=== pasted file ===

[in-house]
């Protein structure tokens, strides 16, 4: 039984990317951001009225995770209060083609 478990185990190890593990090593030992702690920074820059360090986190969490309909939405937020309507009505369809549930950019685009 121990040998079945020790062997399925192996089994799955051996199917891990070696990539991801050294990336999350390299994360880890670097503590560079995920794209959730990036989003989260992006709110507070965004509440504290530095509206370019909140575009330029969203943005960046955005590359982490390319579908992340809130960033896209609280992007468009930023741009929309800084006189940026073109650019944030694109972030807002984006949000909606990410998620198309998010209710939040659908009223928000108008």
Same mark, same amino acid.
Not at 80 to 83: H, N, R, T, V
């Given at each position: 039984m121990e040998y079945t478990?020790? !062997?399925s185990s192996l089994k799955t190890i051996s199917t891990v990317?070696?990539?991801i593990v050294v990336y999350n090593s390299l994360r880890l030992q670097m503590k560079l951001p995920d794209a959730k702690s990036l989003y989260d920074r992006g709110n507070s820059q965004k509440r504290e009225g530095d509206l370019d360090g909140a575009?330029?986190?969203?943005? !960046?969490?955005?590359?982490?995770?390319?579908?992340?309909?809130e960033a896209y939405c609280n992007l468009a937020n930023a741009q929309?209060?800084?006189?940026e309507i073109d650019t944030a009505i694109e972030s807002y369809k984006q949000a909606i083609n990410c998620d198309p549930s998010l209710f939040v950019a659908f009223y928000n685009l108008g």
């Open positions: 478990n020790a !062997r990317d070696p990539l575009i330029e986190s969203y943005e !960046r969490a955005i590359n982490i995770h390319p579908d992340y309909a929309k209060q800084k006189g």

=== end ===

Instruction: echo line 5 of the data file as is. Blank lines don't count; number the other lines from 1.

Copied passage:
């Given at each position: 039984m121990e040998y079945t478990?020790? !062997?399925s185990s192996l089994k799955t190890i051996s199917t891990v990317?070696?990539?991801i593990v050294v990336y999350n090593s390299l994360r880890l030992q670097m503590k560079l951001p995920d794209a959730k702690s990036l989003y989260d920074r992006g709110n507070s820059q965004k509440r504290e009225g530095d509206l370019d360090g909140a575009?330029?986190?969203?943005? !960046?969490?955005?590359?982490?995770?390319?579908?992340?309909?809130e960033a896209y939405c609280n992007l468009a937020n930023a741009q929309?209060?800084?006189?940026e309507i073109d650019t944030a009505i694109e972030s807002y369809k984006q949000a909606i083609n990410c998620d198309p549930s998010l209710f939040v950019a659908f009223y928000n685009l108008g």